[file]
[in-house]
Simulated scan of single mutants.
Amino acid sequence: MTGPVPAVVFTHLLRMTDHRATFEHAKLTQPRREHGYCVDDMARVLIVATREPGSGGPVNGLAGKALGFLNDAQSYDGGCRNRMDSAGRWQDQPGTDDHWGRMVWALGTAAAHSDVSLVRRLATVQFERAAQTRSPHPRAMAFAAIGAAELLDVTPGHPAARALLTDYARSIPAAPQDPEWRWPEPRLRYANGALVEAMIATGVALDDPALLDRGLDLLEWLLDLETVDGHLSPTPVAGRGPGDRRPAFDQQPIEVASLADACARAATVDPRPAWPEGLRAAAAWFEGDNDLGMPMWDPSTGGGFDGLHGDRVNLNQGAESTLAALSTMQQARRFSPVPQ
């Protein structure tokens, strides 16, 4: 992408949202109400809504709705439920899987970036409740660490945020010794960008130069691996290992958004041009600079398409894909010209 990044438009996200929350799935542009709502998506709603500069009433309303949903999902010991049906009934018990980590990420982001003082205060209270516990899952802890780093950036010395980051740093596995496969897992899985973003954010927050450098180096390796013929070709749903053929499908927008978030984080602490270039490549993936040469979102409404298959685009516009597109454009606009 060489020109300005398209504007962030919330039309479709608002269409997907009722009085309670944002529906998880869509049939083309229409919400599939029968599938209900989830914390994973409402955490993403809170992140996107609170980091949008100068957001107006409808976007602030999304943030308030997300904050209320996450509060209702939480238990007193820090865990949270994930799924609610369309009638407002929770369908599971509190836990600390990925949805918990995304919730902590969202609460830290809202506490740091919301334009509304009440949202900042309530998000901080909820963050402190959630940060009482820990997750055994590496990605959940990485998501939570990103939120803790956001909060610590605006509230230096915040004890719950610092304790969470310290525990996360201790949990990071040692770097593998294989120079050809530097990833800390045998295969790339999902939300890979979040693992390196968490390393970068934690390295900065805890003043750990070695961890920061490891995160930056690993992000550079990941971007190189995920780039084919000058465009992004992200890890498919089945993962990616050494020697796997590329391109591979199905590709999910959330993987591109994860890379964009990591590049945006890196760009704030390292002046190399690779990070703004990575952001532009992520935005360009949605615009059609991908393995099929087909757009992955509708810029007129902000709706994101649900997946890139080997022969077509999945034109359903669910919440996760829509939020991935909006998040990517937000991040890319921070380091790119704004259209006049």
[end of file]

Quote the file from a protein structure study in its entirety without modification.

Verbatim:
[in-house]
Simulated scan of single mutants.
Amino acid sequence: MTGPVPAVVFTHLLRMTDHRATFEHAKLTQPRREHGYCVDDMARVLIVATREPGSGGPVNGLAGKALGFLNDAQSYDGGCRNRMDSAGRWQDQPGTDDHWGRMVWALGTAAAHSDVSLVRRLATVQFERAAQTRSPHPRAMAFAAIGAAELLDVTPGHPAARALLTDYARSIPAAPQDPEWRWPEPRLRYANGALVEAMIATGVALDDPALLDRGLDLLEWLLDLETVDGHLSPTPVAGRGPGDRRPAFDQQPIEVASLADACARAATVDPRPAWPEGLRAAAAWFEGDNDLGMPMWDPSTGGGFDGLHGDRVNLNQGAESTLAALSTMQQARRFSPVPQ
């Protein structure tokens, strides 16, 4: 992408949202109400809504709705439920899987970036409740660490945020010794960008130069691996290992958004041009600079398409894909010209 990044438009996200929350799935542009709502998506709603500069009433309303949903999902010991049906009934018990980590990420982001003082205060209270516990899952802890780093950036010395980051740093596995496969897992899985973003954010927050450098180096390796013929070709749903053929499908927008978030984080602490270039490549993936040469979102409404298959685009516009597109454009606009 060489020109300005398209504007962030919330039309479709608002269409997907009722009085309670944002529906998880869509049939083309229409919400599939029968599938209900989830914390994973409402955490993403809170992140996107609170980091949008100068957001107006409808976007602030999304943030308030997300904050209320996450509060209702939480238990007193820090865990949270994930799924609610369309009638407002929770369908599971509190836990600390990925949805918990995304919730902590969202609460830290809202506490740091919301334009509304009440949202900042309530998000901080909820963050402190959630940060009482820990997750055994590496990605959940990485998501939570990103939120803790956001909060610590605006509230230096915040004890719950610092304790969470310290525990996360201790949990990071040692770097593998294989120079050809530097990833800390045998295969790339999902939300890979979040693992390196968490390393970068934690390295900065805890003043750990070695961890920061490891995160930056690993992000550079990941971007190189995920780039084919000058465009992004992200890890498919089945993962990616050494020697796997590329391109591979199905590709999910959330993987591109994860890379964009990591590049945006890196760009704030390292002046190399690779990070703004990575952001532009992520935005360009949605615009059609991908393995099929087909757009992955509708810029007129902000709706994101649900997946890139080997022969077509999945034109359903669910919440996760829509939020991935909006998040990517937000991040890319921070380091790119704004259209006049």